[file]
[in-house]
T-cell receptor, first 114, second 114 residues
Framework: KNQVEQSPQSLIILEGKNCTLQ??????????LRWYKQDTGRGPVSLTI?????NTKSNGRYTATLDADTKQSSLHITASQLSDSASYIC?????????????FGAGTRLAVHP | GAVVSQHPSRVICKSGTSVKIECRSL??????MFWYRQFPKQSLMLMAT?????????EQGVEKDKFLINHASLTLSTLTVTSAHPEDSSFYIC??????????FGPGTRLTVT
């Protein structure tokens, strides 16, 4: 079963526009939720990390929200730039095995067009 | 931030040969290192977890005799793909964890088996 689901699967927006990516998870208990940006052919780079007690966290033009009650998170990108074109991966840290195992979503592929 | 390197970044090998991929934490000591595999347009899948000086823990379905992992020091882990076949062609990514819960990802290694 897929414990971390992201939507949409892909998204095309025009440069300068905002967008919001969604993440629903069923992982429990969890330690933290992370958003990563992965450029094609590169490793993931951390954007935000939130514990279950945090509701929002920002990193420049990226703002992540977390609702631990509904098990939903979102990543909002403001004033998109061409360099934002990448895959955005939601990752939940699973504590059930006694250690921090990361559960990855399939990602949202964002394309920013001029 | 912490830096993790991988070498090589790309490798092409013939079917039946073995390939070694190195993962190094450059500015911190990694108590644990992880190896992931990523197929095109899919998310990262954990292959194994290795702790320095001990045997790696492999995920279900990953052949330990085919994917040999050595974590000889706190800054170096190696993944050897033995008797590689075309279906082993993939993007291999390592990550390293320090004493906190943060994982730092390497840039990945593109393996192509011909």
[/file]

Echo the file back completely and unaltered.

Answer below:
[in-house]
T-cell receptor, first 114, second 114 residues
Framework: KNQVEQSPQSLIILEGKNCTLQ??????????LRWYKQDTGRGPVSLTI?????NTKSNGRYTATLDADTKQSSLHITASQLSDSASYIC?????????????FGAGTRLAVHP | GAVVSQHPSRVICKSGTSVKIECRSL??????MFWYRQFPKQSLMLMAT?????????EQGVEKDKFLINHASLTLSTLTVTSAHPEDSSFYIC??????????FGPGTRLTVT
């Protein structure tokens, strides 16, 4: 079963526009939720990390929200730039095995067009 | 931030040969290192977890005799793909964890088996 689901699967927006990516998870208990940006052919780079007690966290033009009650998170990108074109991966840290195992979503592929 | 390197970044090998991929934490000591595999347009899948000086823990379905992992020091882990076949062609990514819960990802290694 897929414990971390992201939507949409892909998204095309025009440069300068905002967008919001969604993440629903069923992982429990969890330690933290992370958003990563992965450029094609590169490793993931951390954007935000939130514990279950945090509701929002920002990193420049990226703002992540977390609702631990509904098990939903979102990543909002403001004033998109061409360099934002990448895959955005939601990752939940699973504590059930006694250690921090990361559960990855399939990602949202964002394309920013001029 | 912490830096993790991988070498090589790309490798092409013939079917039946073995390939070694190195993962190094450059500015911190990694108590644990992880190896992931990523197929095109899919998310990262954990292959194994290795702790320095001990045997790696492999995920279900990953052949330990085919994917040999050595974590000889706190800054170096190696993944050897033995008797590689075309279906082993993939993007291999390592990550390293320090004493906190943060994982730092390497840039990945593109393996192509011909």